This summer, we're partnering with Jet.com to share recipes that will help you hone nearly every skill in the book. (And Jet will have you covered with all the fresh and pantry goods you will need. Seriously, they have everything. Use the code Food52 at checkout for 20% off your first 2 orders of $35 or more. Maximum discount $30.*) These past couple months, we've shared tips to arm you for summertime grilling and to master the art of the block party—and there's more to come. On the docket today: breezy, 5-ingredient or fewer dishes!
Do you go kinda slack-jawed and googly-eyed when scrolling through photo after photo of beautiful tables of food on Instagram, or perhaps this site? Thinking to yourself: The ingredient list for those gorgeous spreads must be miiiiiles long, right?
The answer is not always, especially if you give yourself parameters, be it cost, time, or number of ingredients. I like to think of it as a challenge—find meals that only take 30 minutes to cook, go vegetarian, or, in this case, use only 5 ingredients per dish.
These delightfully summery, meant-to-be-served-outside meals employ the 5-ingredient rule across all dishes, and I've included short notes on why each recipe works, plus the order to prep so everything comes out at the right time.
Cheese Sables with Rosemary Salt
- 100 grams soft butter
- 100 grams self-rising flour
- 100 grams strong cheese, grated (I use 50/50 Parmesan and vintage cheddar)
- 1 pinch cayenne pepper
- 1 tablespoon fresh rosemary needles, finely chopped (optional)
- Salt (optional)
Why they work: Butter + flour in a food processor works magic. So does a quick chill. Change up the spices and herbs for whatever you have going on in your pantry: chili powder and oregano, paprika and thyme, sumac and mint—the list goes on.
Bagna Cauda (Hot Garlic and Anchovy Sauce)
- 12 plump cloves garlic
- 1 cup extra virgin olive oil
- 3.5 ounces (100 grams) anchovies in oil
- 1/4 cup (50 grams) of cold butter
Why it works: This Italian classic marries 4 titans of the kitchen—olive oil, garlic, anchovies, butter—together into one. Our resident Italian, Emiko, says of its serving companions:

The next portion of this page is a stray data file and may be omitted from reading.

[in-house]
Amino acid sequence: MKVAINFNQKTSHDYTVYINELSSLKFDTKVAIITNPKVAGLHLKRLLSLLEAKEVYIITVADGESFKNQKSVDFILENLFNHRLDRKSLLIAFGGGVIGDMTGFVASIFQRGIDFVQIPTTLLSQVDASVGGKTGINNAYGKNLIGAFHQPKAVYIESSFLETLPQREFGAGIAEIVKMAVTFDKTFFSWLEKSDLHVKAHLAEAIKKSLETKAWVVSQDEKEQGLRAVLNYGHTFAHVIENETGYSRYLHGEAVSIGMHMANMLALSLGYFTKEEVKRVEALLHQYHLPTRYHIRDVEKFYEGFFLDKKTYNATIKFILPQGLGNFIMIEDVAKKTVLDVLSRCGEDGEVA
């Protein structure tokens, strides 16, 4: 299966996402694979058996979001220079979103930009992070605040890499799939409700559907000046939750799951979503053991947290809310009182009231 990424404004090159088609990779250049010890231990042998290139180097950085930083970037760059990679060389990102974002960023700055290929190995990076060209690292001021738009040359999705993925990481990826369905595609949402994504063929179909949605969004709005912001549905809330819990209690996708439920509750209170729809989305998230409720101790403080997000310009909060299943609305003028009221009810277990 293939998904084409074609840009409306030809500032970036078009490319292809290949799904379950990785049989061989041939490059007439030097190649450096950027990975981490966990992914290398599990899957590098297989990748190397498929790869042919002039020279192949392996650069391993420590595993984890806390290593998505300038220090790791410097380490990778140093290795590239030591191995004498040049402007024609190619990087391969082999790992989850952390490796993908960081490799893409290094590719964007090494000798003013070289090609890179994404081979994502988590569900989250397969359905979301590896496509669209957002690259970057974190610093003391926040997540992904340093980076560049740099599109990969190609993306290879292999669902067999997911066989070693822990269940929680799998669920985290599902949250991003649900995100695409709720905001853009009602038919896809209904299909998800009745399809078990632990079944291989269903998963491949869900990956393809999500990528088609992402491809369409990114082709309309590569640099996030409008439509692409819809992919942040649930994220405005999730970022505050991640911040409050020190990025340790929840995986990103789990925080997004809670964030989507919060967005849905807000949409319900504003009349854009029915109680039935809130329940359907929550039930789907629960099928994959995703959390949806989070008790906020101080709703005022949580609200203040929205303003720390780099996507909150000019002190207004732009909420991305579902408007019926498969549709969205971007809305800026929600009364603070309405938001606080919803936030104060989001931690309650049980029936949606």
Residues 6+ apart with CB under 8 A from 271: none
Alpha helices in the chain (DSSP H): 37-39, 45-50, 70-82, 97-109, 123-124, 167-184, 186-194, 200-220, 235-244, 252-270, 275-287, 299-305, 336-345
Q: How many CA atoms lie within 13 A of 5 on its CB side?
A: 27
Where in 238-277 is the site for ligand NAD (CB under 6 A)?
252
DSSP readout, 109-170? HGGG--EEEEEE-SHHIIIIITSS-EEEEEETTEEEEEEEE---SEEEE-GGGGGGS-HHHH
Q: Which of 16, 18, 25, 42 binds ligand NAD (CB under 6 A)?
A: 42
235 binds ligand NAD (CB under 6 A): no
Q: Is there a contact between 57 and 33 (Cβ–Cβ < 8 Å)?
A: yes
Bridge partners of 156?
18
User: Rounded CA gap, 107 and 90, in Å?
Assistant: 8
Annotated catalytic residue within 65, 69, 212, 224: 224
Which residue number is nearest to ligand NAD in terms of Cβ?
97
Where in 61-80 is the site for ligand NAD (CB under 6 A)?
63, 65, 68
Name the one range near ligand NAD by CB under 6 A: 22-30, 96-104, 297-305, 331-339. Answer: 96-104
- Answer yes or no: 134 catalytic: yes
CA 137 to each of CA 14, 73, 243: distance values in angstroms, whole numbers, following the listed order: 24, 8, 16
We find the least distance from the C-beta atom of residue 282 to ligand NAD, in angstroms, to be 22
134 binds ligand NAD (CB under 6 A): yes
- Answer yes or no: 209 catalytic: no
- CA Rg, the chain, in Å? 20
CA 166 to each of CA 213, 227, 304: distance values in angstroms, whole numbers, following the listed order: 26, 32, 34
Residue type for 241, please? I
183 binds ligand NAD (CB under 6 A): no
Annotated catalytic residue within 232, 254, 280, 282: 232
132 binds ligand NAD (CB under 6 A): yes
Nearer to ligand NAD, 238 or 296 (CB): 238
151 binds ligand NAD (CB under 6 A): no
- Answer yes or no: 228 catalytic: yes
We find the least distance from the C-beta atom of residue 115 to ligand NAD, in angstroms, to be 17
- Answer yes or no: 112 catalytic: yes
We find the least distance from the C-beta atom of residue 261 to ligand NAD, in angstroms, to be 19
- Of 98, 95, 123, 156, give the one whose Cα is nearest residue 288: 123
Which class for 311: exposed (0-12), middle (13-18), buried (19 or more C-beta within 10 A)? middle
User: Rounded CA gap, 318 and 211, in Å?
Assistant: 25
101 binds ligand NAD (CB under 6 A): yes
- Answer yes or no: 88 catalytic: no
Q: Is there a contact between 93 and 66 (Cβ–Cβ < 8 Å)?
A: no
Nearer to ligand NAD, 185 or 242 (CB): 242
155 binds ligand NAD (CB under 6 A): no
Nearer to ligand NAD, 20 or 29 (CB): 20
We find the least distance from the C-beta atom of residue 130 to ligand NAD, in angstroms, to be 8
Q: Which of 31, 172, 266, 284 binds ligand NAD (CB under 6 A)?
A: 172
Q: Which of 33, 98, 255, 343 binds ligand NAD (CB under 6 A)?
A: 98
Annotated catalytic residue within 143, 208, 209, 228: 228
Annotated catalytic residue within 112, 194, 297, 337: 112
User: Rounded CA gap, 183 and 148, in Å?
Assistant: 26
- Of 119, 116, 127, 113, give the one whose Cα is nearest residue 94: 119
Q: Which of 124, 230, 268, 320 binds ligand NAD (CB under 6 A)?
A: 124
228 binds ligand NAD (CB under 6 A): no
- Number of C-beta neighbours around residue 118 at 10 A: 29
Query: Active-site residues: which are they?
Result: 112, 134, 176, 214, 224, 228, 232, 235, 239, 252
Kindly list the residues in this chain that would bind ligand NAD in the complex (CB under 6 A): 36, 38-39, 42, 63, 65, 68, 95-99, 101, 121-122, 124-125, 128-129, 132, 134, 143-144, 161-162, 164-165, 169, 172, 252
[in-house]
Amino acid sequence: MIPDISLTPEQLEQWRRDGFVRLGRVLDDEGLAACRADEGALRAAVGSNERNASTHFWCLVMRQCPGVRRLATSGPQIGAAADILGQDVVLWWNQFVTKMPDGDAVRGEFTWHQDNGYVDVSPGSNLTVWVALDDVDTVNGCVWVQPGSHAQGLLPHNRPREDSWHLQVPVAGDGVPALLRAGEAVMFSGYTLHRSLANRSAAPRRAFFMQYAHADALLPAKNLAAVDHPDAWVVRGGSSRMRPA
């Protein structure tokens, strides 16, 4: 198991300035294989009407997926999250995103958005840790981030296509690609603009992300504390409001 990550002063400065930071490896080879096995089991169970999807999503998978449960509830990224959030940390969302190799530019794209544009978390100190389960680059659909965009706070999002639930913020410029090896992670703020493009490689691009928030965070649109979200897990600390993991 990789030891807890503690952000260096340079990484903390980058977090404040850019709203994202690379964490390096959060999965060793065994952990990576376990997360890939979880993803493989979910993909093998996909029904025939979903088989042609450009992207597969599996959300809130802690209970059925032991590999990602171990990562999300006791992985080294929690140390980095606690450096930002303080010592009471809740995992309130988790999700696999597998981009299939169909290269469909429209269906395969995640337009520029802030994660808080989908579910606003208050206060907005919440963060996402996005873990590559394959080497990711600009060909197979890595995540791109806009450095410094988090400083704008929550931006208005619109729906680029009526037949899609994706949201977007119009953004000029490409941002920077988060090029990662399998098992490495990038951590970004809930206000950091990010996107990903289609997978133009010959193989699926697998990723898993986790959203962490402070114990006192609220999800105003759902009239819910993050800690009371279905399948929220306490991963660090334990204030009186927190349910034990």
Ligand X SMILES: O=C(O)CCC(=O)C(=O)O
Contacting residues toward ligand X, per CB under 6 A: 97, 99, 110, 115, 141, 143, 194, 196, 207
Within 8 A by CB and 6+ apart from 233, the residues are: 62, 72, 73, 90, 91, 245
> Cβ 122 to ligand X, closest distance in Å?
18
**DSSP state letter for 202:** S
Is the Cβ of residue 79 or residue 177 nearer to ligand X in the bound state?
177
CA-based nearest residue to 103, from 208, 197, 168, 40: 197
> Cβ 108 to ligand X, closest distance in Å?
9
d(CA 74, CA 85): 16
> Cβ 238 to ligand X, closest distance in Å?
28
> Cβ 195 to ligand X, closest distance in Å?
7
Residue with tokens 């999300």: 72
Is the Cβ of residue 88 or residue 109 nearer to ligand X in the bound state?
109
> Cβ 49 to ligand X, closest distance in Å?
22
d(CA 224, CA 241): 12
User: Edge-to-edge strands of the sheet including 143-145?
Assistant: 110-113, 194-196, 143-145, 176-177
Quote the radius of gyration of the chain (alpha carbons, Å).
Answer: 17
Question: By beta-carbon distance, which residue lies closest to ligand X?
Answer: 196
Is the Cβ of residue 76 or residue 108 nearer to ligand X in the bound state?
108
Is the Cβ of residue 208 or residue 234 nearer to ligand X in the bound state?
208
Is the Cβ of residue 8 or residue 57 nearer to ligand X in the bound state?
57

Purists will say to only serve this with peppers (raw or grilled, then cut into strips) or raw sticks of cardoons (artichoke thistles, which are a specialty of the area of Nizza Monferrato in the province of Asti). But you'll often see boiled potatoes (if there's anything that's meant to be paired together forever, it's anchovies and potatoes), onions (roasted whole, in their skins, then cut into wedges), raw cabbage leaves, cauliflower, turnips, Jerusalem artichokes, or celery sticks, to give a few more ideas.
Sicilian Green Olive Salad
- 2 cups (about 200 grams or 7 ounces) good quality green olives
- A handful of celery leaves (from 2 to 3 stalks)
- A handful of mint leaves
- 4 to 5 tablespoons extra-virgin olive oil
- 2 tablespoons red wine vinegar
- Salt and pepper
Why it works: Get top-quality olives because they are the star of the show here. Use up the dregs of that red wine vinegar for more punch, and soften things up with leftover celery leaves (plus mint) from bagna cauda dippers. Simple, simple.
Sauteed Radishes with Mint
- 1 tablespoon extra virgin olive oil
- 1 tablespoon butter
- 1 pound radishes, trimmed and cut lengthwise into 1/2-inch wedges
- 1/2 teaspoon sea salt
- 1/4 teaspoon freshly ground black pepper
- 2 tablespoons mint, roughly chopped
Why it works: Try not to eat all your radishes raw—when sauteed, they relax just enough to reveal a totally different side of themselves, with the help of black pepper and mint.
Linguine with Breadcrumbs and Kale
- 1/2 pound linguine
- 2 cloves garlic, minced
- 2 slices, day old bread, cubed
- 1/2 cup olive oil
- 1/2 bunch kale, chopped
- 1/4 cup parmesan cheese
- salt & pepper
Why it works: A pantry-cleaner if I ever saw one. The last nub of bread, the final few grates of Parmesan, the kale you didn't use in last night's salad—they all get tossed into this pasta and come out the other side like you've put tons of effort into it.
Lazy Mary's Lemon Tart
- 1 large Meyer lemon, cut into 8 pieces
- 1 1/2 cups superfine sugar
- 1 stick butter
- 1 teaspoon vanilla
- 4 eggs
- 1 tart shell, your favorite (homemade or store-bought)
Why it works: The secret to this zippy tart is that it uses a whole lemon, rind and all. And you don't have to slice and zest the thing—you just toss it into a blender with the other pantry ingredients and pour into your favorite tart shell. It comes out not gummy or goopy but light and refreshing, just exactly as lemon tart should be.
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